ObamaCare Is Working: Fewer Young Americans Uninsured

An unfortunate fact about the health care reform package passed earlier in Barack Obama’s term is that the vast majority of the benefits will not be seen until after the 2012 election. If people could see the actual benefits of the Affordable Care Act, as opposed to listening to Republican lies that it is a “government takeover of healthcare,” I bet that Obama’s standing in the polls would be far better today. While the Democrats handled the politics of health care reform (as opposed to the policy aspects) terribly, there are some benefits which can be seen today. Three separate sets of data have been released recently demonstrating that a higher percentage of young people now have health care coverage.

A Gallup Poll shows that significantly fewer 18 to 25 year-olds now lack health insurance:

Fewer young adults in the U.S. reported lacking health insurance coverage in each of the three quarters since the new healthcare law in September 2010 began allowing young adults to stay on their parents’ plans up to age 26. About one in four (24.2%) 18- to 25-year-olds reported being uninsured in the second quarter of this year, down from 28% in the third quarter of 2010, and nearly the lowest Gallup has measured at any point since it began tracking health insurance coverage rates in 2008.

The declining number of uninsured young adults is slowly reversing the trend that Gallup and Healthways documented starting in the fall of 2008. At that time, the uninsured rate for this age group — and all age groups — began to increase as the economy was collapsing and unemployment rising…

The provision of the Affordable Care Act that allows children up to the age of 26 to remain on their parents’ plans appears to be having an immediate effect on the number of Americans who report they have health insurance. Since it went into effect in September 2010, the percentage of 18- to 25-year-olds who report being uninsured has significantly declined by four percentage points.

There were similar findings in data from the Census Bureau and from the National Health Interview Survey:

New results released today by the National Center for Health Statistics show that this policy has had a significant impact on improving insurance coverage among young adults. Data from the National Health Interview Survey (NHIS) show that in the first quarter of 2011, the percentage of adults between the ages of 19 and 25 with health insurance increased to 69.6%, from 66.1% in 2010. This 3.5 percentage-point increase represents approximately one million additional young adults with insurance. During this time period, the rate of being insured for all other age groups was essentially unchanged, from 85.9% in 2010 to 86.3% in 2011, which makes clear that the gains in coverage were specific to 19-25 year-olds and can be directly attributed to the Affordable Care Act’s new dependent-coverage provision.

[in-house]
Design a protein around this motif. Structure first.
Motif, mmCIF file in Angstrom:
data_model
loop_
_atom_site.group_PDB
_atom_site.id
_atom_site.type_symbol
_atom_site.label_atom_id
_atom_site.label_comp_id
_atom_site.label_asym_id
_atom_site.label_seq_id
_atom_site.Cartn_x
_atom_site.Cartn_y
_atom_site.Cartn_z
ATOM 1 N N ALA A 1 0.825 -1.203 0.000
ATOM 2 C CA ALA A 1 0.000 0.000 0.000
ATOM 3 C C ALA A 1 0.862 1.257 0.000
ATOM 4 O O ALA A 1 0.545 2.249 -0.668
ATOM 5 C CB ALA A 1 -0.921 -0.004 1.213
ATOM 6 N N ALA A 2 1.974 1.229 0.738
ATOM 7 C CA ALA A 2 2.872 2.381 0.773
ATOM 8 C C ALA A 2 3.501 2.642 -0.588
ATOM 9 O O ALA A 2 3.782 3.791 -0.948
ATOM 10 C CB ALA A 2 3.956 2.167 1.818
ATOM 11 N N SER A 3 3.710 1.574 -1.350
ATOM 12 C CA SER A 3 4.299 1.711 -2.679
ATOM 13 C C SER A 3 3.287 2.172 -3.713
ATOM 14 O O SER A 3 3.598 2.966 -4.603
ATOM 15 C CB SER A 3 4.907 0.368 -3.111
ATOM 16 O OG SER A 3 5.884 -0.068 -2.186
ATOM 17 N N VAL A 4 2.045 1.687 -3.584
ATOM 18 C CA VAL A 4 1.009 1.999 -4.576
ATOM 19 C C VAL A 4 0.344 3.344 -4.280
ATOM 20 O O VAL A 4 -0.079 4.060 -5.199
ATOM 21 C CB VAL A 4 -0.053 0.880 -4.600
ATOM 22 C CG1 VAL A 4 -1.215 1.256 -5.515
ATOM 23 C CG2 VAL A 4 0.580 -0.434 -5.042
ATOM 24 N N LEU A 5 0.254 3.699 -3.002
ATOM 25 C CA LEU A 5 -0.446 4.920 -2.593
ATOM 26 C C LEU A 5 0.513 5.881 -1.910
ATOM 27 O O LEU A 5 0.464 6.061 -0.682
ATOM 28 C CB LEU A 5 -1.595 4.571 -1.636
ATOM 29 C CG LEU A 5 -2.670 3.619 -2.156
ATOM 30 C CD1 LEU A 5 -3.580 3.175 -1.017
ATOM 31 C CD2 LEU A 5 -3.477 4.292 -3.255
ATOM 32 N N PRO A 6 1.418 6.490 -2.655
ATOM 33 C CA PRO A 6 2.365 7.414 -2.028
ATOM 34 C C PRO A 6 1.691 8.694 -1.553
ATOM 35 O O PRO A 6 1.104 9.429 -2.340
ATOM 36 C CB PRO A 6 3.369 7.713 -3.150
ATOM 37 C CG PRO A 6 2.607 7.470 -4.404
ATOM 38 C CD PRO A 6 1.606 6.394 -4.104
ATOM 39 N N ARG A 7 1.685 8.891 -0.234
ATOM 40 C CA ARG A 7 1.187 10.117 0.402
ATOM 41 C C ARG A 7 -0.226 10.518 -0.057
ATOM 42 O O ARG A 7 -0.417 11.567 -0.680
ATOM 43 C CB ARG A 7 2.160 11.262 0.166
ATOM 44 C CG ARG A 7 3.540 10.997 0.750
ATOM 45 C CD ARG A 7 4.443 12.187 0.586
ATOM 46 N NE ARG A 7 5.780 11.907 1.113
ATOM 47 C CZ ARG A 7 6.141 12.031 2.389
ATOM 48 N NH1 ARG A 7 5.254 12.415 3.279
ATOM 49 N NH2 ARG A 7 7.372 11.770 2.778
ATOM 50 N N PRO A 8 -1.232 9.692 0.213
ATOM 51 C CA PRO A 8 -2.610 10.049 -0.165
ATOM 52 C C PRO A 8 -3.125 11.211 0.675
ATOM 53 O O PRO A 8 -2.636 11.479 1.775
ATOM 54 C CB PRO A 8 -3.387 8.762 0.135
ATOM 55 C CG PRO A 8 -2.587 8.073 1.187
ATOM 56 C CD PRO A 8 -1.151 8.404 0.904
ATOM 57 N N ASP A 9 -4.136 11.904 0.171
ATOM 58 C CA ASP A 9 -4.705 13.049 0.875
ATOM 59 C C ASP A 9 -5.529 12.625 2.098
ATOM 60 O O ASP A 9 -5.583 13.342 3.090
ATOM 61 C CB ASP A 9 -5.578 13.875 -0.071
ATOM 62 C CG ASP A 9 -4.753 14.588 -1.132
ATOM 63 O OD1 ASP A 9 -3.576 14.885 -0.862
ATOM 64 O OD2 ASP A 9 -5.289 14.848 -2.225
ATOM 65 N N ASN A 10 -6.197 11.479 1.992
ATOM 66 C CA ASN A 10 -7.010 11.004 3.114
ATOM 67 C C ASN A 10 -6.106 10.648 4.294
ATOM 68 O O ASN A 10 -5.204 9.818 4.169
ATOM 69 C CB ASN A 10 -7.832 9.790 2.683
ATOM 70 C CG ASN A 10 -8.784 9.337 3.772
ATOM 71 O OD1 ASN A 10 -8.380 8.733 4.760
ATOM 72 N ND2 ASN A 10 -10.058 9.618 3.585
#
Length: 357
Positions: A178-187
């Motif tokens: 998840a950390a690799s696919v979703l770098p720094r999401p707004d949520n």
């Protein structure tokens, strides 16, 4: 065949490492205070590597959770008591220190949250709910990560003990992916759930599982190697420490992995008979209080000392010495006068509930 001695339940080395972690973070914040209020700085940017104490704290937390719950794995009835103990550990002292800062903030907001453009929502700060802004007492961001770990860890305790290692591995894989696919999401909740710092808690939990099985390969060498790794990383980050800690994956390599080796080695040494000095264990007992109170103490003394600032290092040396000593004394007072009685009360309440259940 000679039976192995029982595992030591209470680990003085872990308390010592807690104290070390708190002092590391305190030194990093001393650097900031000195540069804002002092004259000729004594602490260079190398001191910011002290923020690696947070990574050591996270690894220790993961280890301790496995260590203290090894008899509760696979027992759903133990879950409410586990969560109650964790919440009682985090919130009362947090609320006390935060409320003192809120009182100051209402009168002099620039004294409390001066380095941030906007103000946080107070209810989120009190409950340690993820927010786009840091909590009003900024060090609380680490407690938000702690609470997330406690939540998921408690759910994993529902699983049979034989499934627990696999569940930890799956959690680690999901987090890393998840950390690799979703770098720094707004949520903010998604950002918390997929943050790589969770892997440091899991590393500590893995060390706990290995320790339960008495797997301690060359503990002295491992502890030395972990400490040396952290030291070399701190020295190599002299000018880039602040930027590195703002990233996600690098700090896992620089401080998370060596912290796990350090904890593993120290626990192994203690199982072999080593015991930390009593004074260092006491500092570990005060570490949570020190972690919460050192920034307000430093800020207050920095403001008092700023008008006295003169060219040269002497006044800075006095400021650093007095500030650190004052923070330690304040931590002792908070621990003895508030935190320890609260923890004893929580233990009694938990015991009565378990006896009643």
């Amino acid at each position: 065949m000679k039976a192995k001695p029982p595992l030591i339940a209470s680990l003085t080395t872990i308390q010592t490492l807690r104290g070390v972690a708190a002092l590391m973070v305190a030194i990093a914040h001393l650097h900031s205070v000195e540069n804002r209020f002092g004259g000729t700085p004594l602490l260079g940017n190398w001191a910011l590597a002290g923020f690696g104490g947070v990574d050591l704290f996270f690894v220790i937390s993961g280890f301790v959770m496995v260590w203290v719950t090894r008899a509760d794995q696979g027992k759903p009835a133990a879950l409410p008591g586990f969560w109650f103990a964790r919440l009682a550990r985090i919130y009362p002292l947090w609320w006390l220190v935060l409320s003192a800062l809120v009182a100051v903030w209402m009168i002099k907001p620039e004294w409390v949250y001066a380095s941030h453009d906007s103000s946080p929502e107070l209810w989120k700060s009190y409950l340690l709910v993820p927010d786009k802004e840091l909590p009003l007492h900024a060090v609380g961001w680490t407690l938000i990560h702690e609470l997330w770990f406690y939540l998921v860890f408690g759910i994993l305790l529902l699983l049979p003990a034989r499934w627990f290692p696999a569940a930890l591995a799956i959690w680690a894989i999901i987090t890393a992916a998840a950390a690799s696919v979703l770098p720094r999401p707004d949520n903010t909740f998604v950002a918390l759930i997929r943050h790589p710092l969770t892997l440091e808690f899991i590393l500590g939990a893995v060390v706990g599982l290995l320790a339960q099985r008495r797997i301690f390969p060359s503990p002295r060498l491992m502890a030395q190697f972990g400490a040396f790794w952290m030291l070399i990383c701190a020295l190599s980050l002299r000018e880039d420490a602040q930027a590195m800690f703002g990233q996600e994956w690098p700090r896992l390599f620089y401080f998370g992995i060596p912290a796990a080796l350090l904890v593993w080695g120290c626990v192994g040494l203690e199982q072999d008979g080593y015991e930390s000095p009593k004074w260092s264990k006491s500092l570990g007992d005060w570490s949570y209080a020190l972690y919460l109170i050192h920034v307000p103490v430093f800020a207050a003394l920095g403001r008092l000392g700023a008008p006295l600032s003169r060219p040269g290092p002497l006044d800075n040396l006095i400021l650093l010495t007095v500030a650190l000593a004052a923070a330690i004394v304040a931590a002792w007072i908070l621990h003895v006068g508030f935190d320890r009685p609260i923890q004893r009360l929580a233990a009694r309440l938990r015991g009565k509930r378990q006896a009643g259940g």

These results are consistent with reports from other data sources as well.  A newly-released Gallup-Healthways Well-Being Index Survey shows a similar significant increase in rates of insured adults ages 18-25, from 71.0% in the first quarter of 2010 to 75.2% in the first quarter of 2011 and 75.1% in the second quarter. This 4.1 percentage-point increase is consistent with the findings from the National Health Interview Survey.  Earlier this month, the Census Bureau released its results from the Current Population Survey, describing insurance coverage for calendar year 2010.  The Census Bureau found a significant increase in coverage for young adults, with roughly 400,000 additional adults ages 19-25 insured during 2010 compared to 2009.  The Census results only capture the effect of the new policy during the latter portion of 2010 and do not yet reflect coverage from 2011; therefore, the measured effect is smaller than in the more recent results from Gallup and NHIS.  Overall, these three national surveys show a consistent pattern of expanded health coverage among young adults due to the Affordable Care Act.

The number who lack insurance should become significantly lower once the health exchanges are set up, making it easier to purchase health insurance.



  1. 1
    Dominick Saia says:

    ObamaCare Is Working: Fewer Young Americans Uninsured #p2 #p21 #topprog http://t.co/5PIamHvH

  2. 2
    Ron Cordry says:

    ObamaCare Is Working: Fewer Young Americans Uninsured #p2 #p21 #topprog http://t.co/5PIamHvH

  3. 3
    Tally Briggs says:

    ObamaCare Is Working: Fewer Young Americans Uninsured #p2 #p21 #topprog http://t.co/5PIamHvH

  4. 4
    John Sonntag says:

    ObamaCare Is Working: Fewer Young Americans Uninsured – http://t.co/GgKP7PJY Good news for Health Care Reform.

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